GAME CHANGER

Adidas offers to help US high schools ditch their offensive Native-American mascots

Mascots like this one could be in for a rebrand.
Mascots like this one could be in for a rebrand.
Image: AP Photo/Rick Bowmer
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The US has a dismal record in its treatment of Native Americans, and some of the offensive and racist stereotypes that developed decades ago remain entrenched in mainstream culture. Colorado’s Lamar High School, for example, has come under fire recently for its team name, the Savages, represented by the image of a generic Native American in full headdress.

Adidas wants to help change that. The company announced that it will offer its design services, and even financial assistance, to US high schools that want to change their identities away from potentially hurtful Native-American symbolism. According to the company’s statement, some 2,000 high schools in the US could fit that description.

It may seem an odd move, given that the company isn’t even US-based—it’s German—and that sportswear seems to have little do with the fraught world of US cultural politics. But maybe it’s not too big a stretch when you consider that sporting events are where these high-school mascots become most visible.

The announcement also coincided with the White House Tribal Nations conference, during which US President Obama met with leaders from the 567 federally recognized tribes to discuss issues that affect the country’s tribal communities. Obama commended Adidas for the move. “One of the top brands in the world is prepared to come in and use all their expertise,” he said. “I really want to give them a lot of credit.”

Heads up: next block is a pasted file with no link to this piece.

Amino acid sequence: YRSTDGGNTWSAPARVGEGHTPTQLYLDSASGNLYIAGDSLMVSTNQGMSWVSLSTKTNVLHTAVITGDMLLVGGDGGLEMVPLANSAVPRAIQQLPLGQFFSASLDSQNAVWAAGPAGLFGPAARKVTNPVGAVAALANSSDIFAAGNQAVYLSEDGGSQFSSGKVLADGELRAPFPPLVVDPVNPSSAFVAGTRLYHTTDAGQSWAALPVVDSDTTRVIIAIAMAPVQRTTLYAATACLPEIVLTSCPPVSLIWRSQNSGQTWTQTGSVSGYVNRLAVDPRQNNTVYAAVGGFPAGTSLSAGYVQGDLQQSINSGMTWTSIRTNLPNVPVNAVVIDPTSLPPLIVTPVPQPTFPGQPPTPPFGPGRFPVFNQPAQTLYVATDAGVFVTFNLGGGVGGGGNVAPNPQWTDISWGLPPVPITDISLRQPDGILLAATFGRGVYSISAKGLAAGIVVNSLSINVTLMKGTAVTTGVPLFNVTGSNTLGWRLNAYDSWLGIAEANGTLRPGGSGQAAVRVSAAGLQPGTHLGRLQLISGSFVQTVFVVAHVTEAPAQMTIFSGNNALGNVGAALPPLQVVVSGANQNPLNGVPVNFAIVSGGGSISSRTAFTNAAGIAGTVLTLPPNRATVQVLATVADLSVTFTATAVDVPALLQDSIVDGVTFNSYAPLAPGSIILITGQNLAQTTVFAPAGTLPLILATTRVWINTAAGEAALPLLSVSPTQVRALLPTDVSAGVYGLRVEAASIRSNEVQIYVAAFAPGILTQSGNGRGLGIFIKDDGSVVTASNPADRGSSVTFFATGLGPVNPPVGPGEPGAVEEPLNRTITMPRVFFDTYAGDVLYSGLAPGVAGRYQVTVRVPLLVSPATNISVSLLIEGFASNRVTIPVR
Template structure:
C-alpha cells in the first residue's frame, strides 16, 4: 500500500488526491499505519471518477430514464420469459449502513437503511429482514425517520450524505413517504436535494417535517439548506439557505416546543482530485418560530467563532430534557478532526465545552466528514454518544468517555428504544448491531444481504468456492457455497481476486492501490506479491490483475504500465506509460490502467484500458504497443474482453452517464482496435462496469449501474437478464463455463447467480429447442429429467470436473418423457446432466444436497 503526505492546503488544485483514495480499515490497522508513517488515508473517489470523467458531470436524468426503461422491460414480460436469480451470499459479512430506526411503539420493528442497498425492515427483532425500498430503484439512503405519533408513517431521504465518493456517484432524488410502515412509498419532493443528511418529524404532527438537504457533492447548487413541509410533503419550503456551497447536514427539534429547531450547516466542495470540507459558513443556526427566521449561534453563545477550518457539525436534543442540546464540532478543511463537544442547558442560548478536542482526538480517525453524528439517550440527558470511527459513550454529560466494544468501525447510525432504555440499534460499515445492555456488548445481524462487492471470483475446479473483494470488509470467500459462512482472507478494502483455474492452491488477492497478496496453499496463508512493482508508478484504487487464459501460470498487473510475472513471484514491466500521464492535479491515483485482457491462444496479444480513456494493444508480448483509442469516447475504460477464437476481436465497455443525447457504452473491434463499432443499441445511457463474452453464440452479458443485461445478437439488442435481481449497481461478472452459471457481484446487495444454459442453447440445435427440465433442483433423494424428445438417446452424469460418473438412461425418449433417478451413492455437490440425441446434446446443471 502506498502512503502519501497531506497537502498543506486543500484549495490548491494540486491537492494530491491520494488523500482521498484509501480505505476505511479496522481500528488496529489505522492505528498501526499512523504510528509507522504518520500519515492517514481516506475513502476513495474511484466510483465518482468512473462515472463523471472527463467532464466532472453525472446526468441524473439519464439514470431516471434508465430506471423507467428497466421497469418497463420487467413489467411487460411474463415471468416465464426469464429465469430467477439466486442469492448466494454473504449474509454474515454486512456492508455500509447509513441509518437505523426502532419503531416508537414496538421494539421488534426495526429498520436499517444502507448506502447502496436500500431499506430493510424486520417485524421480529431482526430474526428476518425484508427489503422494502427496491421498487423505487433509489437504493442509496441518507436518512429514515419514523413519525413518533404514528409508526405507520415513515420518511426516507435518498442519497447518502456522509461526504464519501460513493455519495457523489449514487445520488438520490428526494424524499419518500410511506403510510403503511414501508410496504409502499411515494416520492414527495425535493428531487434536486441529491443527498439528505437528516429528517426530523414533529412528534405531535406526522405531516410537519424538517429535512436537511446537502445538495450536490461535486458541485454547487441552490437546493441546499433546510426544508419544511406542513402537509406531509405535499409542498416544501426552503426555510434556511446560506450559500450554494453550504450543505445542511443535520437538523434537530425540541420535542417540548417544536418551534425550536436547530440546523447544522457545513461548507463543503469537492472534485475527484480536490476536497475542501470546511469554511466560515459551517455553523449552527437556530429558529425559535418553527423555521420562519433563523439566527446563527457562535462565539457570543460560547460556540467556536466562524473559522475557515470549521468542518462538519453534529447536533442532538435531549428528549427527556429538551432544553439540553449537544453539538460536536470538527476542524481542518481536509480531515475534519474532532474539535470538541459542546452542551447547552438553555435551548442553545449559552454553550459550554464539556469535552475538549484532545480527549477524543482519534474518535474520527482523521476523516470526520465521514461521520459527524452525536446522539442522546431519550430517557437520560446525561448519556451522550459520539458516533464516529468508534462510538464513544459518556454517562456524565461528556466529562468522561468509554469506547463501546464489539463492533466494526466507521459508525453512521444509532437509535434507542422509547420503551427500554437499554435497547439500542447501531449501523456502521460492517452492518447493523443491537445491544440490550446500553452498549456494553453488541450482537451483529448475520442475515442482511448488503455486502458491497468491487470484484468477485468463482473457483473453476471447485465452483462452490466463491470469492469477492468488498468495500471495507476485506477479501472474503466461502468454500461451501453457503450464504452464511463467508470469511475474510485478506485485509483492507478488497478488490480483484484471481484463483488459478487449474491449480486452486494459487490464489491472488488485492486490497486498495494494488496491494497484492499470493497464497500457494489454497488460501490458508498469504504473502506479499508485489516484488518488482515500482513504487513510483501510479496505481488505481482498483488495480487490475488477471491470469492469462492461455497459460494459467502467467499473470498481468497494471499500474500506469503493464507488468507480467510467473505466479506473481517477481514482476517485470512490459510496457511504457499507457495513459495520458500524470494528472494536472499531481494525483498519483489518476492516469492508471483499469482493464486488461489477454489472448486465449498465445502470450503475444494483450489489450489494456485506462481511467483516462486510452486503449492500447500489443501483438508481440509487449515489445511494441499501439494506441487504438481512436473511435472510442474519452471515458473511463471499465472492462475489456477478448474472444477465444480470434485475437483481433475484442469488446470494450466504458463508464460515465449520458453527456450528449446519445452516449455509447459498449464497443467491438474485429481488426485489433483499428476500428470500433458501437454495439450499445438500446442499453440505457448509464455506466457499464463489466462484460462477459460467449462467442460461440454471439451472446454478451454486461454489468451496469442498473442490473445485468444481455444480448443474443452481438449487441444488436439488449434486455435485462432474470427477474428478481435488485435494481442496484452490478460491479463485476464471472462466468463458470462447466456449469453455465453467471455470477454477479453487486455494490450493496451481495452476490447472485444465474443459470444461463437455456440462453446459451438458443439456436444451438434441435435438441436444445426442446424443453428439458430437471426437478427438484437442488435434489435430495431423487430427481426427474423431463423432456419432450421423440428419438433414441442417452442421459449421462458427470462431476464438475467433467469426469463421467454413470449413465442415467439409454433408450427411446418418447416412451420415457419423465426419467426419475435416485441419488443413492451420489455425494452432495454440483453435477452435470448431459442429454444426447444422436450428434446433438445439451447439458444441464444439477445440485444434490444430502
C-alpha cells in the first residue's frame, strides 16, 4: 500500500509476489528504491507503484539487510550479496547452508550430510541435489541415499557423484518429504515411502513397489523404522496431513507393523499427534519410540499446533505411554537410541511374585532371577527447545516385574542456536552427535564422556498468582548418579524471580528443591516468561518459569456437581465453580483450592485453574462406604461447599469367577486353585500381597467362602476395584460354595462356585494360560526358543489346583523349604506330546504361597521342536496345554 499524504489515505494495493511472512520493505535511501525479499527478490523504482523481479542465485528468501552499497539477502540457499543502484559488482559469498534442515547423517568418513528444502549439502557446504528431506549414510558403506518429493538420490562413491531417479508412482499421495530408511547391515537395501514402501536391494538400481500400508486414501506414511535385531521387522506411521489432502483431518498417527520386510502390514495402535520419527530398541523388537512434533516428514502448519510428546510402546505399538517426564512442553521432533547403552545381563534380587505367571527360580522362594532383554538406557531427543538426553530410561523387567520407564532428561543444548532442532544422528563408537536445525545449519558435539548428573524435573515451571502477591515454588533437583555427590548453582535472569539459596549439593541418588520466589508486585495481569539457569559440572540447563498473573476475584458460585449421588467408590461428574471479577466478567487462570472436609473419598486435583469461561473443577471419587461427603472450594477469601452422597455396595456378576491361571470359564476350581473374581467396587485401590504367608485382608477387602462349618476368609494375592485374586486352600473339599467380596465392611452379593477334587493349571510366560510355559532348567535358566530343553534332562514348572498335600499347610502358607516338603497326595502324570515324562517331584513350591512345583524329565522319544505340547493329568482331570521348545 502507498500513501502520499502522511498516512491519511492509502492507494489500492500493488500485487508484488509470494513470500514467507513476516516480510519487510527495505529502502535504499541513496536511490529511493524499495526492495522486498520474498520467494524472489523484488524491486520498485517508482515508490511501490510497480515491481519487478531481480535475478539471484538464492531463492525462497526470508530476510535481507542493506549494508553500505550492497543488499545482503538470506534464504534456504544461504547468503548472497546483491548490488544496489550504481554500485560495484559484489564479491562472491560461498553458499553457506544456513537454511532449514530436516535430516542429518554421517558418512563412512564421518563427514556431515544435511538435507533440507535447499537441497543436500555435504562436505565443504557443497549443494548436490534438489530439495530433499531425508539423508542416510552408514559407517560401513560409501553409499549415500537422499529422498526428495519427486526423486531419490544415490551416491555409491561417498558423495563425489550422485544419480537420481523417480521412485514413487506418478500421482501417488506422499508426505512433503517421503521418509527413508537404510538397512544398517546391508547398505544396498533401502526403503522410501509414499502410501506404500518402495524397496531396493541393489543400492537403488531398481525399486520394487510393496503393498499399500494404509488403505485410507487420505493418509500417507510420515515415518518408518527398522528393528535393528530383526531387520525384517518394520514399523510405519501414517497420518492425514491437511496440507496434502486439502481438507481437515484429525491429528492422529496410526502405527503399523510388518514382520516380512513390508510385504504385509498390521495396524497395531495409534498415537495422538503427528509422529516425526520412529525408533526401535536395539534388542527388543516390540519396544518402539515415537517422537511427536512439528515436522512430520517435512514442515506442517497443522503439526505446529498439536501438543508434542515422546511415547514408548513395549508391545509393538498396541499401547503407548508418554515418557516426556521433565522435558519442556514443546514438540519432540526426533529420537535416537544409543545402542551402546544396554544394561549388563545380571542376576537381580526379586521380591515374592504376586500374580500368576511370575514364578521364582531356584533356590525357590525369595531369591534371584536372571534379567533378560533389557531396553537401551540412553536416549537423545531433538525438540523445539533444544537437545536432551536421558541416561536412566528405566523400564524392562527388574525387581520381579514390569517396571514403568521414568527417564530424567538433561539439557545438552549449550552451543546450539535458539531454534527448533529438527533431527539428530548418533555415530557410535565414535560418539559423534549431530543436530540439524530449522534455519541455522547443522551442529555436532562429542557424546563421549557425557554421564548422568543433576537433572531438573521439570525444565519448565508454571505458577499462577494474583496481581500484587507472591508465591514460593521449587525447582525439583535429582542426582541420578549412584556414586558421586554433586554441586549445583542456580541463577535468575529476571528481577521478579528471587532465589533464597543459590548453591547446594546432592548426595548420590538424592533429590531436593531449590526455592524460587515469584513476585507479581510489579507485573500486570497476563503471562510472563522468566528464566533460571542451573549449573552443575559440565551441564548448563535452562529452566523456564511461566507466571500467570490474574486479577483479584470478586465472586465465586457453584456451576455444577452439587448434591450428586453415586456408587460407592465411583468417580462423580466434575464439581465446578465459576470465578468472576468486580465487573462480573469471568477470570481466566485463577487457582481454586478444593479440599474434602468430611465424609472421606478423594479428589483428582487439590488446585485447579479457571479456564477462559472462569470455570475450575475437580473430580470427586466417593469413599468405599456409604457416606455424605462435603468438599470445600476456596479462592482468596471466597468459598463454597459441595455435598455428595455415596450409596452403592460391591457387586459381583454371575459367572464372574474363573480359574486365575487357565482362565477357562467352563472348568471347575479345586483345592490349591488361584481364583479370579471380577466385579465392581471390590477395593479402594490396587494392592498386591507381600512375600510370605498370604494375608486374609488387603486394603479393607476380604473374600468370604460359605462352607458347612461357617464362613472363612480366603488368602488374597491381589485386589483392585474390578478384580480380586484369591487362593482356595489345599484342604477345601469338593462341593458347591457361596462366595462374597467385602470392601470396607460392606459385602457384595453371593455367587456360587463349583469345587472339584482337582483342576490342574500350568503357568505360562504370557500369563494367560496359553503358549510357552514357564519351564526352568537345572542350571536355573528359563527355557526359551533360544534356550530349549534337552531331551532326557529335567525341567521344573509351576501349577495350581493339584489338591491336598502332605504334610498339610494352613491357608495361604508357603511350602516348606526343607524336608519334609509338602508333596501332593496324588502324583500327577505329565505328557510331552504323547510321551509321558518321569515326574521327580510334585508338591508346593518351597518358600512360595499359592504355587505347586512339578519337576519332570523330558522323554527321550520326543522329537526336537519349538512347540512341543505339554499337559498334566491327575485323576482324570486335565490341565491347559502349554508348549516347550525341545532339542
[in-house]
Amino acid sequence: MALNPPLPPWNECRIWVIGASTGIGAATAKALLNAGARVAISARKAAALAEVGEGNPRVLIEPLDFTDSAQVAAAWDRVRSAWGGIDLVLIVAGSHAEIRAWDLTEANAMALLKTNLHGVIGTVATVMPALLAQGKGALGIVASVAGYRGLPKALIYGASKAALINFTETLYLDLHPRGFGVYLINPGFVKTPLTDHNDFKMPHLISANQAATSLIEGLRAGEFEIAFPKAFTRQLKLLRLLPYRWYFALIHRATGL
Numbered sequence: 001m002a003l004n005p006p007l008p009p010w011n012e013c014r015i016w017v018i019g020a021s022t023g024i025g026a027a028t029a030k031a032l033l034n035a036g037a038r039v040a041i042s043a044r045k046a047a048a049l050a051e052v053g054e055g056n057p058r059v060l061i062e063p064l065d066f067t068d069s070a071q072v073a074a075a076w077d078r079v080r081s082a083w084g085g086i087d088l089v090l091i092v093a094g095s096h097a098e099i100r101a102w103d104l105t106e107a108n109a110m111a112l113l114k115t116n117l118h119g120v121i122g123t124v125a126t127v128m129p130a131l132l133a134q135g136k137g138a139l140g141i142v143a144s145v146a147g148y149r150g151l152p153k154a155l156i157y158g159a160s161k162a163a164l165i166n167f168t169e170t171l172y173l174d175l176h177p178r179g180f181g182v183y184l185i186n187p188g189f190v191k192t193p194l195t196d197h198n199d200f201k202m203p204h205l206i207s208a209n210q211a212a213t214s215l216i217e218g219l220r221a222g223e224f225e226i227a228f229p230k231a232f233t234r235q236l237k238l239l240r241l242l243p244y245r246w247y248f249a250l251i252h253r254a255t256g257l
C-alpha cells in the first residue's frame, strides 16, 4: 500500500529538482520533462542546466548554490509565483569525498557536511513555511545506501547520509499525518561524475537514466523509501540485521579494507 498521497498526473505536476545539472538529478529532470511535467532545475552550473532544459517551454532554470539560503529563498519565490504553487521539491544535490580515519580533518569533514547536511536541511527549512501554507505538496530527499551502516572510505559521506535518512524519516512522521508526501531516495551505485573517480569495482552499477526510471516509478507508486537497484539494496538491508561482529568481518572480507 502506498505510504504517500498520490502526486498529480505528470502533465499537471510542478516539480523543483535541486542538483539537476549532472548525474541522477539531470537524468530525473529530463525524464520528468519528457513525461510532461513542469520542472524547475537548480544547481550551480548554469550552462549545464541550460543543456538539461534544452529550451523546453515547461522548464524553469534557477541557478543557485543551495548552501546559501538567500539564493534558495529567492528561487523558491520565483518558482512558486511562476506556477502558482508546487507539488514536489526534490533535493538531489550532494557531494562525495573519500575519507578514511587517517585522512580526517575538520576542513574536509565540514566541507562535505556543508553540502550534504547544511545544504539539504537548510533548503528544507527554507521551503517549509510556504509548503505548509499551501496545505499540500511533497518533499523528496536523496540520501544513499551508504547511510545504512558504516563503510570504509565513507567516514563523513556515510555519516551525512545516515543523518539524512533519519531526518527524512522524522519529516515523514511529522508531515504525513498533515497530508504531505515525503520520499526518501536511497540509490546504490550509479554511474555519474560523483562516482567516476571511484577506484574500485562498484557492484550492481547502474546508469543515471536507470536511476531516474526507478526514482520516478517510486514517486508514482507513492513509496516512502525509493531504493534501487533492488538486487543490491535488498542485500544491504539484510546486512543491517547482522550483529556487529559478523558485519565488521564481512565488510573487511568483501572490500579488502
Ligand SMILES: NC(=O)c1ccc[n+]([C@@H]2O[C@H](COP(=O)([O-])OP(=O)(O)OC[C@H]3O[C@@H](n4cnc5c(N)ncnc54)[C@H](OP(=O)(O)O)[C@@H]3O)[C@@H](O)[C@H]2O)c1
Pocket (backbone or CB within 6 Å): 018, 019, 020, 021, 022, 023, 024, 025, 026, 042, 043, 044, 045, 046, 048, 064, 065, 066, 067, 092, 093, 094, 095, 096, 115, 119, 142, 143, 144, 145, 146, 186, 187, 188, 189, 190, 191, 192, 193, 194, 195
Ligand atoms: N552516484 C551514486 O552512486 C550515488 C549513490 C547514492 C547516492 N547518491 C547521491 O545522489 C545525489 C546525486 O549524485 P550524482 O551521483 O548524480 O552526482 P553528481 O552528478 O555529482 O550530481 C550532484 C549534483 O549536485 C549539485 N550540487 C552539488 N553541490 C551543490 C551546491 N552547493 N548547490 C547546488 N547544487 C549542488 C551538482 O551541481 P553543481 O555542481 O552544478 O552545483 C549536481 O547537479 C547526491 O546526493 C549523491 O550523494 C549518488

Brayden White of the St. Regis Mohawk Tribe, right, and Tatiana Ticknor of the Yup'ik/Tlingit/Dena'ina, listen as President Barack Obama speaks during the 2015 White House Tribal Nations Conference, Thursday, Nov. 5, 2015, in Washington. In conjunction with the conference, shoe company and apparel maker Adidas announced it will provide free design resources to schools looking to shelve Native American mascots, nicknames, imagery or symbolism.
Obama approves.
Image: AP Photo/Evan Vucci

Obama took the chance to add in a jab at Washington’s own controversial sports franchise, the Redskins. “I don’t know if Adidas made the same offer to a certain NFL team here in Washington,” he said. “But they might want to think about that as well.”

The Washington Redskins, whose owner has insisted he will never change the team’s name, were well aware of Adidas’ project. As NPR reported, they put out a statement attacking it before Obama made his comments, saying its hypocritical when Adidas makes “hundreds of millions of dollars selling uniforms to teams like the Chicago Blackhawks and the Golden State Warriors, while profiting off sales of fan apparel for the Cleveland Indians, Florida State Seminoles, Atlanta Braves and many other like-named teams.”

On the other hand, Change the Mascot, an organization that advocates for sports teams to change their Native-American imagery, applauded Adidas. “This is a tremendous display of corporate leadership by Adidas,” it said in a statement (pdf). “It is inspiring to see that Adidas has chosen to be on the side of inclusivity and mutual respect and has set an example for others to follow.”